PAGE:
We continued east on U.S. 50 through Amish country down to French Lick, hometown of basketball legend Larry Bird, where we stopped for dinner at the West Baden Hotel and ate grilled cheese sandwiches, the only thing on the menu we could afford. From there, we rode through the countryside to our farmhouse in Young’s Creek, built by my wife’s grandfather, Linus Apple, in 1913 and restored 98 years later by my wife and me before I spent all our money on motorcycles.
The next day found us heading north toward home, a formerly bucolic drive until Indiana’s governor, three governors ago, had the bright idea to turn a perfectly good state highway into an interstate, transforming a two-hour jaunt into a four-hour Sisyphean slog. I rolled into our garage five days and 1,123 miles after our departure and remain, to this day, a jaded and weary man, worn down by the road and my association with two dubious characters. Next year, I am informed, we will tackle the Natchez Trace Parkway through Mississippi, Alabama, and Tennessee. I can hardly wait.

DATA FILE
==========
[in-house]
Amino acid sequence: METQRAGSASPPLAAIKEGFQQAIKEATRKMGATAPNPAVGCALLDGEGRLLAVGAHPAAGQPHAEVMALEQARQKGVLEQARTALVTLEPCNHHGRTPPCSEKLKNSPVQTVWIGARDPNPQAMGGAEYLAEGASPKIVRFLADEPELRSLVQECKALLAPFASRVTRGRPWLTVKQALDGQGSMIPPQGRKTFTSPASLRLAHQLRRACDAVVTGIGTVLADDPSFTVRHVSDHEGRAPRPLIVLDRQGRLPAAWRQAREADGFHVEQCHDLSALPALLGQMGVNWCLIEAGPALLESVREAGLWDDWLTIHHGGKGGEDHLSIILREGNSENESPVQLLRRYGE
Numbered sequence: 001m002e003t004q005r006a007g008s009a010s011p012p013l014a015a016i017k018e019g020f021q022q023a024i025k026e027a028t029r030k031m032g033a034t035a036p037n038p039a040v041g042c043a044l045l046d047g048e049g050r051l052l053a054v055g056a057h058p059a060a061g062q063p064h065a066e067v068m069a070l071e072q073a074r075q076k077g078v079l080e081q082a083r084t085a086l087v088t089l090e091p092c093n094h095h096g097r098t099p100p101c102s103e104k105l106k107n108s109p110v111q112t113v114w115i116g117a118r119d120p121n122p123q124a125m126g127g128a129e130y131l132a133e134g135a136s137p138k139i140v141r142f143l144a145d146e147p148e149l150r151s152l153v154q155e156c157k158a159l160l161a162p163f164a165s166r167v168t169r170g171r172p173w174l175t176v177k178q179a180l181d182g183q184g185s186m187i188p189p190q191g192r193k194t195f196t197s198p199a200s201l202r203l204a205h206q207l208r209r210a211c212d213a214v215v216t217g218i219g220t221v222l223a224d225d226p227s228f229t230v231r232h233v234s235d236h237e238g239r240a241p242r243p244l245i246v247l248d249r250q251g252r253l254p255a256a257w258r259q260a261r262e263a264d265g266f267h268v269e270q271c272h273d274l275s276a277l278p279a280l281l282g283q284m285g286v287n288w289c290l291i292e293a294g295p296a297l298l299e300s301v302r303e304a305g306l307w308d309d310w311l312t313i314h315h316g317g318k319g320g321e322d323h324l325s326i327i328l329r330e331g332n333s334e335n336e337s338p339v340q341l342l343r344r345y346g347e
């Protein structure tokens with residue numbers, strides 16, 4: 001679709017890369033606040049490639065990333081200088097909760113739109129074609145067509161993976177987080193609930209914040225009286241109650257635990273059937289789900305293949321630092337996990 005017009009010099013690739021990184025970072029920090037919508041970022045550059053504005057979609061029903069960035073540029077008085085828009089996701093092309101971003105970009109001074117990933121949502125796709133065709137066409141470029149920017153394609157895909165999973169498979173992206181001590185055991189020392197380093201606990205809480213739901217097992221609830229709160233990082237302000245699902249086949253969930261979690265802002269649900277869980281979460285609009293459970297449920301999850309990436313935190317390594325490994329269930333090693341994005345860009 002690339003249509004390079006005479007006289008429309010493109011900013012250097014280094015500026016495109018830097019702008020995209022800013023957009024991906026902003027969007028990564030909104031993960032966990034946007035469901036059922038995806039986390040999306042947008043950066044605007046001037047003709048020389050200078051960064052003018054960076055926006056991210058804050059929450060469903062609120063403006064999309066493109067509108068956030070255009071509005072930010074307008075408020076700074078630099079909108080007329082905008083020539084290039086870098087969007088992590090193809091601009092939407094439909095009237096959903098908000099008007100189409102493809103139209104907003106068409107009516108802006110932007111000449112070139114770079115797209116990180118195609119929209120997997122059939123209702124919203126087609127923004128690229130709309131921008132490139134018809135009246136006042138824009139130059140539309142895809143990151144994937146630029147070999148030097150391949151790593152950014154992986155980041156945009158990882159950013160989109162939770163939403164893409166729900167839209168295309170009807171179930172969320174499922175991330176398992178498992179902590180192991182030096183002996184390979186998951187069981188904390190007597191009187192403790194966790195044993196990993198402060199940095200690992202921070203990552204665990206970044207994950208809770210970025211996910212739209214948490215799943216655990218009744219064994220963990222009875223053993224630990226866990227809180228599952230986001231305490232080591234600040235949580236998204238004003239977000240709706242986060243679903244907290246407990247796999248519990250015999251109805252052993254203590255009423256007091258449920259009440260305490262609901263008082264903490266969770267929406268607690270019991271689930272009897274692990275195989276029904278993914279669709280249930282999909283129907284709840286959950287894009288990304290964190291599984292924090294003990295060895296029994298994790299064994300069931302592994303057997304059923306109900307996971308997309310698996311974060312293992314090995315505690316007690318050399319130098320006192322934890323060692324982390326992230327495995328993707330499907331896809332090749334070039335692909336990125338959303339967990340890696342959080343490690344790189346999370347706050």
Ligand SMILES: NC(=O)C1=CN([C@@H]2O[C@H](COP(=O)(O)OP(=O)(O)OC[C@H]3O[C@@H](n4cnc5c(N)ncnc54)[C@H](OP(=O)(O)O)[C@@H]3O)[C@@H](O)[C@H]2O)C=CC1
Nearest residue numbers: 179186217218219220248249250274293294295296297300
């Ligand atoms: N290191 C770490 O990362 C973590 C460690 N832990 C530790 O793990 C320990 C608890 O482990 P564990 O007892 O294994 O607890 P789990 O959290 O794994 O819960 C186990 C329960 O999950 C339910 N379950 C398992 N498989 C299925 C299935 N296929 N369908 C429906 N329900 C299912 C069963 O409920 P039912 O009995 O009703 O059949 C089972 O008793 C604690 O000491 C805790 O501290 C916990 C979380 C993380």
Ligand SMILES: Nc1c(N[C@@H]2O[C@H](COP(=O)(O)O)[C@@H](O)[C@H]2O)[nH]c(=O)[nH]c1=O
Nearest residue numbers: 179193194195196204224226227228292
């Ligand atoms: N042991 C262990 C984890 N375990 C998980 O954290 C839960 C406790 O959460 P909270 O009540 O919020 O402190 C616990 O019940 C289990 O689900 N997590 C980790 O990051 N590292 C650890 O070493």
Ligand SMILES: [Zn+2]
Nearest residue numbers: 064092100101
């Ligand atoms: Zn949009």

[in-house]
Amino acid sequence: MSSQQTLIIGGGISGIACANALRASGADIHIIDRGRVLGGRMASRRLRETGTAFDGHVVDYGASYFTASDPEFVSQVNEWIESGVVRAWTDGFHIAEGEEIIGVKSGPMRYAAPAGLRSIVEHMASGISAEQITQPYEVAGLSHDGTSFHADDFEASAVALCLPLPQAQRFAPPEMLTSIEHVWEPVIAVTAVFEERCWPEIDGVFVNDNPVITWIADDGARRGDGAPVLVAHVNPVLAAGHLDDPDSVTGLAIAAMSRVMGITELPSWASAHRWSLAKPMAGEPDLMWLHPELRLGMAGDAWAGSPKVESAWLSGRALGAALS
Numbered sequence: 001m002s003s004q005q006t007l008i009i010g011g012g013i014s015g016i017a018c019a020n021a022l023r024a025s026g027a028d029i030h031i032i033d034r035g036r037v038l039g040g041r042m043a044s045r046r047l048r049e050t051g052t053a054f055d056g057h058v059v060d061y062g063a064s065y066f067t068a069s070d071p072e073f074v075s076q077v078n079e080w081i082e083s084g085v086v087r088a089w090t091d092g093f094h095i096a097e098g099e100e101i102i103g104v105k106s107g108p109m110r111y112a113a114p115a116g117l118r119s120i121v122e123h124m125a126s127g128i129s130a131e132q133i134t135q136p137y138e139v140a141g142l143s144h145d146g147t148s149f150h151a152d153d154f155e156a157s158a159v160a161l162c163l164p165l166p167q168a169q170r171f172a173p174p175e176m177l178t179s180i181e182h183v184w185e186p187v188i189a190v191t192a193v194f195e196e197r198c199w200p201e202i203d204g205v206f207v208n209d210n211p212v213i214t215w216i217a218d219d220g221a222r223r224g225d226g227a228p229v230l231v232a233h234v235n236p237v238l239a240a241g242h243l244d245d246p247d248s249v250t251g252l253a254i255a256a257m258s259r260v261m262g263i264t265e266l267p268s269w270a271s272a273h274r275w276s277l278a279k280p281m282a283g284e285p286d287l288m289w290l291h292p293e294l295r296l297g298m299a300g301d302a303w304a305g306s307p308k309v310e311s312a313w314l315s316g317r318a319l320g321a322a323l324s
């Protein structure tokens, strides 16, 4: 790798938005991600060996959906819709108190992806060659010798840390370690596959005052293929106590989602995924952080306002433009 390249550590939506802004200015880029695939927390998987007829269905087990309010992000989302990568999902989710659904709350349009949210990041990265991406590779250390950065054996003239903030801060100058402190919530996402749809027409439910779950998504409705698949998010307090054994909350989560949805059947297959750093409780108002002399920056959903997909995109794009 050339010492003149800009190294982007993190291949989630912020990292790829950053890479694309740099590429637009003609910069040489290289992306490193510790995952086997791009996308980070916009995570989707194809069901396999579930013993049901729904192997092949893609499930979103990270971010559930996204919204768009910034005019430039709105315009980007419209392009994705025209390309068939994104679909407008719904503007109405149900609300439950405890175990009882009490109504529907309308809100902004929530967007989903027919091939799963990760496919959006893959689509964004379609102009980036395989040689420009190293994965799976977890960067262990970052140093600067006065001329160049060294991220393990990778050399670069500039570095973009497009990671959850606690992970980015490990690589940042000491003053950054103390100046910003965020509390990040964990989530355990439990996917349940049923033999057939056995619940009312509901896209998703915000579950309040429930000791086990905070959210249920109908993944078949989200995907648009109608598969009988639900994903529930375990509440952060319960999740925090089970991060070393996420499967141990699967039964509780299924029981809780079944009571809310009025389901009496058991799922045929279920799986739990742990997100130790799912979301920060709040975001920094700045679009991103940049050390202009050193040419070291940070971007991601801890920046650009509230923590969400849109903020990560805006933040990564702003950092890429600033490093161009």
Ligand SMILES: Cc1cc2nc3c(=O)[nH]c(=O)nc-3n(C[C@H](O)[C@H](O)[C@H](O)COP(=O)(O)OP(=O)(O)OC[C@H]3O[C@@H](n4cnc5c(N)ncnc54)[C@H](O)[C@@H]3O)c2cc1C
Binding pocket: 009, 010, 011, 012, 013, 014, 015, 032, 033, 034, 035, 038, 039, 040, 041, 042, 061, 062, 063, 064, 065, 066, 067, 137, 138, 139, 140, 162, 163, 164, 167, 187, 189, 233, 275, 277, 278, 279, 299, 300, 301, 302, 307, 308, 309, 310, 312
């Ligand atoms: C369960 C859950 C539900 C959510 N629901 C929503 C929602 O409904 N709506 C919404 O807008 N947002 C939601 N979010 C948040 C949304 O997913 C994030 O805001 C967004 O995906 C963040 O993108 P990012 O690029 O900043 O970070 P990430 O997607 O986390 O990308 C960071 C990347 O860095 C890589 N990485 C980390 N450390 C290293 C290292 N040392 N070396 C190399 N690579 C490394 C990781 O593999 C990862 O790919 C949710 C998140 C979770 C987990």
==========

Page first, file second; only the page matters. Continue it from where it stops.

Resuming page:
Philip Gulley is a Quaker pastor and author of 22 books, including the Harmony and Hope series featuring Sam Gardner.
This article appears in the November/December 2018 issue of The Saturday Evening Post. Subscribe to the magazine for more art, inspiring stories, fiction, humor, and features from our archives.